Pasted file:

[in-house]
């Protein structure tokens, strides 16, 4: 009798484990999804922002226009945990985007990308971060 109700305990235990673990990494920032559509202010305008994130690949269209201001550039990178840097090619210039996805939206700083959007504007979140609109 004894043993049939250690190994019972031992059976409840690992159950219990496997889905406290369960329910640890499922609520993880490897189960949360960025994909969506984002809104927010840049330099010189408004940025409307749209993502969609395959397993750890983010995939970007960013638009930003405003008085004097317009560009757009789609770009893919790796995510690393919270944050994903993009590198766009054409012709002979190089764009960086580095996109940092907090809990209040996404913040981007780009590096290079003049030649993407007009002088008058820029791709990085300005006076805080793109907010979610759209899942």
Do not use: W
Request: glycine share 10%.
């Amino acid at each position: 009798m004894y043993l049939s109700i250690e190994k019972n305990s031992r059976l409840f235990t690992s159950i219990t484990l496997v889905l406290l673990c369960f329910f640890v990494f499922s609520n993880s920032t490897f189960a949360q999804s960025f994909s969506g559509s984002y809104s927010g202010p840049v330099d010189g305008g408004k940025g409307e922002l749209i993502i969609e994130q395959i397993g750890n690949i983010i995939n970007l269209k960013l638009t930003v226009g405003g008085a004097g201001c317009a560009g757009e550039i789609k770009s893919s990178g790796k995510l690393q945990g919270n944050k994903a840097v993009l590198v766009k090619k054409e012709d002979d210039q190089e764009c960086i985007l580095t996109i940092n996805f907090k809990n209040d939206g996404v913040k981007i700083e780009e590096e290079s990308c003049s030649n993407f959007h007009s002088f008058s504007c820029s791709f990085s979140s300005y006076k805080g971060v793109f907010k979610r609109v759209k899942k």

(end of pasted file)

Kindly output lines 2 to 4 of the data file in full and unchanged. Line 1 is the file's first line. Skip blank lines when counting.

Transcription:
């Protein structure tokens, strides 16, 4: 009798484990999804922002226009945990985007990308971060 109700305990235990673990990494920032559509202010305008994130690949269209201001550039990178840097090619210039996805939206700083959007504007979140609109 004894043993049939250690190994019972031992059976409840690992159950219990496997889905406290369960329910640890499922609520993880490897189960949360960025994909969506984002809104927010840049330099010189408004940025409307749209993502969609395959397993750890983010995939970007960013638009930003405003008085004097317009560009757009789609770009893919790796995510690393919270944050994903993009590198766009054409012709002979190089764009960086580095996109940092907090809990209040996404913040981007780009590096290079003049030649993407007009002088008058820029791709990085300005006076805080793109907010979610759209899942």
Do not use: W
Request: glycine share 10%.